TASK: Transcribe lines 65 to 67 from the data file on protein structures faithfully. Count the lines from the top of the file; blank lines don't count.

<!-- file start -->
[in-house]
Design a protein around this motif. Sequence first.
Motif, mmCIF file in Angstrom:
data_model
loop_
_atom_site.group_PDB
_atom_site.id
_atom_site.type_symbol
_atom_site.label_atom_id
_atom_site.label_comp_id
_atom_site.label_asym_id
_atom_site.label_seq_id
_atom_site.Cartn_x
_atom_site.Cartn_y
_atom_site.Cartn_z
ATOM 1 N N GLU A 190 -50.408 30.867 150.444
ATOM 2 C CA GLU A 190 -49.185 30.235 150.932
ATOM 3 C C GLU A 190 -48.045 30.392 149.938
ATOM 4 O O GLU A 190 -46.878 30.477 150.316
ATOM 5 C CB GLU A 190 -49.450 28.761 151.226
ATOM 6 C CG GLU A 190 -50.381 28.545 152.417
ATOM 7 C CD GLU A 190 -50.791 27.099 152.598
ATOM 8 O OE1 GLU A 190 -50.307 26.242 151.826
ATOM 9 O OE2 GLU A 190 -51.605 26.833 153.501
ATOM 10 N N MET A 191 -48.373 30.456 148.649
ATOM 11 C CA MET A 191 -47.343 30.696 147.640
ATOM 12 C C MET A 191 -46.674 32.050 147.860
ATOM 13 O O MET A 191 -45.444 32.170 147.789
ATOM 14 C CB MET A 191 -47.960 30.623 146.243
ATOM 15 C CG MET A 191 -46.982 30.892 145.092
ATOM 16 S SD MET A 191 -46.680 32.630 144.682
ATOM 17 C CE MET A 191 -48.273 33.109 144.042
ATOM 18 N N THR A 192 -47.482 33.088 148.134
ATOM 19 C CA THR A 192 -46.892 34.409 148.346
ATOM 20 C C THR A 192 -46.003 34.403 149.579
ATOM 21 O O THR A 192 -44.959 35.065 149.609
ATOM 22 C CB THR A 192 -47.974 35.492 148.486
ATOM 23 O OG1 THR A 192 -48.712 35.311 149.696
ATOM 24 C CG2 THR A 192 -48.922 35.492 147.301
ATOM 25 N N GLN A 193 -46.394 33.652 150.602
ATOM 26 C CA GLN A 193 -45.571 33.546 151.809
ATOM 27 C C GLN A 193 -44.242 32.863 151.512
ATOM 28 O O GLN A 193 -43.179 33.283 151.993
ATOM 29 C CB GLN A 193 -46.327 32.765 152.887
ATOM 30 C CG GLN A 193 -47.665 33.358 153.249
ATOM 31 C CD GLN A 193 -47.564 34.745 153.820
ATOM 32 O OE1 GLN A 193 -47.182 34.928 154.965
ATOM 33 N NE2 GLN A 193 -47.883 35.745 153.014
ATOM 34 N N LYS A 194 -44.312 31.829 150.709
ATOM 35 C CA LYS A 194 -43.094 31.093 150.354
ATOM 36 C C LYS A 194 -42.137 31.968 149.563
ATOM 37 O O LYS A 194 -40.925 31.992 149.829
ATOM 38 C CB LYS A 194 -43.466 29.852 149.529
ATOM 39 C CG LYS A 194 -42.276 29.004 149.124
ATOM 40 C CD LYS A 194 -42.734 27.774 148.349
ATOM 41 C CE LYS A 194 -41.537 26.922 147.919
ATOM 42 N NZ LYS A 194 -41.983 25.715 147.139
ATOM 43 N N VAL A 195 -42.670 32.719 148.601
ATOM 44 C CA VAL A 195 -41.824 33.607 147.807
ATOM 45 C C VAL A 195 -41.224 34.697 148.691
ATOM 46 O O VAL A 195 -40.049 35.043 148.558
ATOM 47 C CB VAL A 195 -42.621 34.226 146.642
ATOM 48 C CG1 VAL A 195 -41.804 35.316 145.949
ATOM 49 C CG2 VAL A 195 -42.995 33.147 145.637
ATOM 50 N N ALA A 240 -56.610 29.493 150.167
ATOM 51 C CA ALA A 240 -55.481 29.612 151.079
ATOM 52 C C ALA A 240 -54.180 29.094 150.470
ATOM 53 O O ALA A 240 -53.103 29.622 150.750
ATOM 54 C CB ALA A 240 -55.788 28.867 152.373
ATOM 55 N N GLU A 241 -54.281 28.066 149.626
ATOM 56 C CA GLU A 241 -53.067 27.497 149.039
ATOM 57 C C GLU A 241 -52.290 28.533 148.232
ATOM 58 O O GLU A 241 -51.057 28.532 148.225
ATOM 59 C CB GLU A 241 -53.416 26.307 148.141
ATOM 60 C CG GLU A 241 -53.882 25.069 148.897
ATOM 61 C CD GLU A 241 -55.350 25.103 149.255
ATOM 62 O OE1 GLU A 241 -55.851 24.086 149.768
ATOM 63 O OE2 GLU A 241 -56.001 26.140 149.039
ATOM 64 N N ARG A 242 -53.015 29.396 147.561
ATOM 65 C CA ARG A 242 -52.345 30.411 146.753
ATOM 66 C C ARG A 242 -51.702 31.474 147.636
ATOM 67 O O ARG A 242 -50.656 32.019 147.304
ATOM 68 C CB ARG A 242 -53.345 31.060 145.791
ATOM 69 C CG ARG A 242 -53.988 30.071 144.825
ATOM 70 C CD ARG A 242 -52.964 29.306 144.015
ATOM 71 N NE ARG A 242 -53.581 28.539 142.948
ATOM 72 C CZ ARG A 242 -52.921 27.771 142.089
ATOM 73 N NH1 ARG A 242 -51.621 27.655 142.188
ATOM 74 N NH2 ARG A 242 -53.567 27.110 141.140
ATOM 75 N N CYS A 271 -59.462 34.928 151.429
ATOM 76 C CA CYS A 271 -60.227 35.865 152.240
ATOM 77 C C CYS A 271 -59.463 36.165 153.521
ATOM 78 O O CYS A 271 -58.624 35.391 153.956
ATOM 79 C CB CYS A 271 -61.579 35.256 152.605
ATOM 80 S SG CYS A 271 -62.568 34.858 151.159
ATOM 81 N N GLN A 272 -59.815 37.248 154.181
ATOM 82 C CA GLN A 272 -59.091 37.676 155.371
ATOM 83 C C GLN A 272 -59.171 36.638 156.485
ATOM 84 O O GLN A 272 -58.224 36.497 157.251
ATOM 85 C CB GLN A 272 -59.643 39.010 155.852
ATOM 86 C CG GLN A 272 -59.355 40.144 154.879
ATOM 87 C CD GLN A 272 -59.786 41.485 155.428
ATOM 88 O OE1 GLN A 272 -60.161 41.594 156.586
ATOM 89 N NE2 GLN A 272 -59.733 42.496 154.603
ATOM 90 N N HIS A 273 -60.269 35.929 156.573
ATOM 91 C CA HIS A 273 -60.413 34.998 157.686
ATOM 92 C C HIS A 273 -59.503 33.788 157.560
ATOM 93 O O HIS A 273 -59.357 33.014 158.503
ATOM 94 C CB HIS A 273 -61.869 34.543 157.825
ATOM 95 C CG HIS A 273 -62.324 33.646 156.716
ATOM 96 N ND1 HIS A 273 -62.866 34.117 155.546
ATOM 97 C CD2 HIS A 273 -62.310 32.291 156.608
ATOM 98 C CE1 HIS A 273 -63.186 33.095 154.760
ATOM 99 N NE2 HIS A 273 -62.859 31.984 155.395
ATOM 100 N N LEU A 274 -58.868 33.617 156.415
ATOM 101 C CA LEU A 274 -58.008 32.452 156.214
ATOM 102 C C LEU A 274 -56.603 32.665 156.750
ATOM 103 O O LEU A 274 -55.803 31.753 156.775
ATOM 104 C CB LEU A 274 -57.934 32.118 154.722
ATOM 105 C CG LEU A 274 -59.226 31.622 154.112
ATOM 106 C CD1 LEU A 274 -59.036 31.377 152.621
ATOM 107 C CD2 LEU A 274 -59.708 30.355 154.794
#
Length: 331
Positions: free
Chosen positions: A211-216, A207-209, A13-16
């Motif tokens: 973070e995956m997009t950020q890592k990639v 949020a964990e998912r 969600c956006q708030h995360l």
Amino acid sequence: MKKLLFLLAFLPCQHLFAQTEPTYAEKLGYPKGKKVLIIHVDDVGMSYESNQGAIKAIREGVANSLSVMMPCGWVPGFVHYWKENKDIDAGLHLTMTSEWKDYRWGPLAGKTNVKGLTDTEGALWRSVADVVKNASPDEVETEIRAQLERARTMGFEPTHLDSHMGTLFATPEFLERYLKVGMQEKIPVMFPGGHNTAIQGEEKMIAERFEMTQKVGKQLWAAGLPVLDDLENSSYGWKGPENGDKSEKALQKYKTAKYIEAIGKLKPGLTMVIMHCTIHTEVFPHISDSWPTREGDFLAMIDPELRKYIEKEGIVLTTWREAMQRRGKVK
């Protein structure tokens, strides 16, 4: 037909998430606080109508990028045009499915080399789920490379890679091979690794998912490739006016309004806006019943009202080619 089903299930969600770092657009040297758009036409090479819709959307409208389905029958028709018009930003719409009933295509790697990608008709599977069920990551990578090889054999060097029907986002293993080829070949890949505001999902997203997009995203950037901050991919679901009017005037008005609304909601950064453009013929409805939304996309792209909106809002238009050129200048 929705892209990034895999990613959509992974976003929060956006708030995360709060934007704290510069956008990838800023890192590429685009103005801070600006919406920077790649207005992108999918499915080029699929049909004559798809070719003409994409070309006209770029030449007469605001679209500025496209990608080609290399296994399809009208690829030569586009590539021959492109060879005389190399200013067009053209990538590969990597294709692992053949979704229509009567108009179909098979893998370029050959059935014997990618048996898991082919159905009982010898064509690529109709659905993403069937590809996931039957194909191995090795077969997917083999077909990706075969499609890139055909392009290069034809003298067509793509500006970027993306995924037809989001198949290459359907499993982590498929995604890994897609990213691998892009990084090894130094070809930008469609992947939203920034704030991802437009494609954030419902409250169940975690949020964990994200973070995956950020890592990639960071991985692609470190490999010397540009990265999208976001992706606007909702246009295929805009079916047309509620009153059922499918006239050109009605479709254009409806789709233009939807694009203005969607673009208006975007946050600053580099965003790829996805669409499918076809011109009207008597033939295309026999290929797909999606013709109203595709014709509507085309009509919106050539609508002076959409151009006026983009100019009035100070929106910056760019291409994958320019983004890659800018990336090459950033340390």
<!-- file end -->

ATOM 50 N N ALA A 240 -56.610 29.493 150.167
ATOM 51 C CA ALA A 240 -55.481 29.612 151.079
ATOM 52 C C ALA A 240 -54.180 29.094 150.470